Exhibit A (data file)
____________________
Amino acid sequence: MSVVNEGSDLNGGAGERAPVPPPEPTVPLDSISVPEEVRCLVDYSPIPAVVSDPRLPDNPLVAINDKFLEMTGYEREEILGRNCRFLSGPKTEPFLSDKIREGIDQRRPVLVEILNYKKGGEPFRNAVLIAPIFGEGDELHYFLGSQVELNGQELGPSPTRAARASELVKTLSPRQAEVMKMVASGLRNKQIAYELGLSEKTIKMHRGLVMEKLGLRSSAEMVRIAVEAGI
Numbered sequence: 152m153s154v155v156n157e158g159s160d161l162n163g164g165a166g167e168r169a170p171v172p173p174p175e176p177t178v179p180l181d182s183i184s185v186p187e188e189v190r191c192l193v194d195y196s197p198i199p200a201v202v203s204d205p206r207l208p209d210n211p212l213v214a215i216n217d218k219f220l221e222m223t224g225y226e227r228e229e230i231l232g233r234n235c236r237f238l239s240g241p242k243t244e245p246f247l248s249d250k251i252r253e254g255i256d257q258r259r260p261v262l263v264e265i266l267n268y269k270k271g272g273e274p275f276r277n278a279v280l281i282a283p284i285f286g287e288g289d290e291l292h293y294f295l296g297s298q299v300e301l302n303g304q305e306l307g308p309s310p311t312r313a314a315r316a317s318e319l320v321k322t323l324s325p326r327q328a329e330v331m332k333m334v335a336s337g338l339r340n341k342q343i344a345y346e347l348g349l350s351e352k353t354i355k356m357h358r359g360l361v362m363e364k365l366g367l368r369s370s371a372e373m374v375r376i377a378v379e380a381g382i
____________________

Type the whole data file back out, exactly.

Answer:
Amino acid sequence: MSVVNEGSDLNGGAGERAPVPPPEPTVPLDSISVPEEVRCLVDYSPIPAVVSDPRLPDNPLVAINDKFLEMTGYEREEILGRNCRFLSGPKTEPFLSDKIREGIDQRRPVLVEILNYKKGGEPFRNAVLIAPIFGEGDELHYFLGSQVELNGQELGPSPTRAARASELVKTLSPRQAEVMKMVASGLRNKQIAYELGLSEKTIKMHRGLVMEKLGLRSSAEMVRIAVEAGI
Numbered sequence: 152m153s154v155v156n157e158g159s160d161l162n163g164g165a166g167e168r169a170p171v172p173p174p175e176p177t178v179p180l181d182s183i184s185v186p187e188e189v190r191c192l193v194d195y196s197p198i199p200a201v202v203s204d205p206r207l208p209d210n211p212l213v214a215i216n217d218k219f220l221e222m223t224g225y226e227r228e229e230i231l232g233r234n235c236r237f238l239s240g241p242k243t244e245p246f247l248s249d250k251i252r253e254g255i256d257q258r259r260p261v262l263v264e265i266l267n268y269k270k271g272g273e274p275f276r277n278a279v280l281i282a283p284i285f286g287e288g289d290e291l292h293y294f295l296g297s298q299v300e301l302n303g304q305e306l307g308p309s310p311t312r313a314a315r316a317s318e319l320v321k322t323l324s325p326r327q328a329e330v331m332k333m334v335a336s337g338l339r340n341k342q343i344a345y346e347l348g349l350s351e352k353t354i355k356m357h358r359g360l361v362m363e364k365l366g367l368r369s370s371a372e373m374v375r376i377a378v379e380a381g382i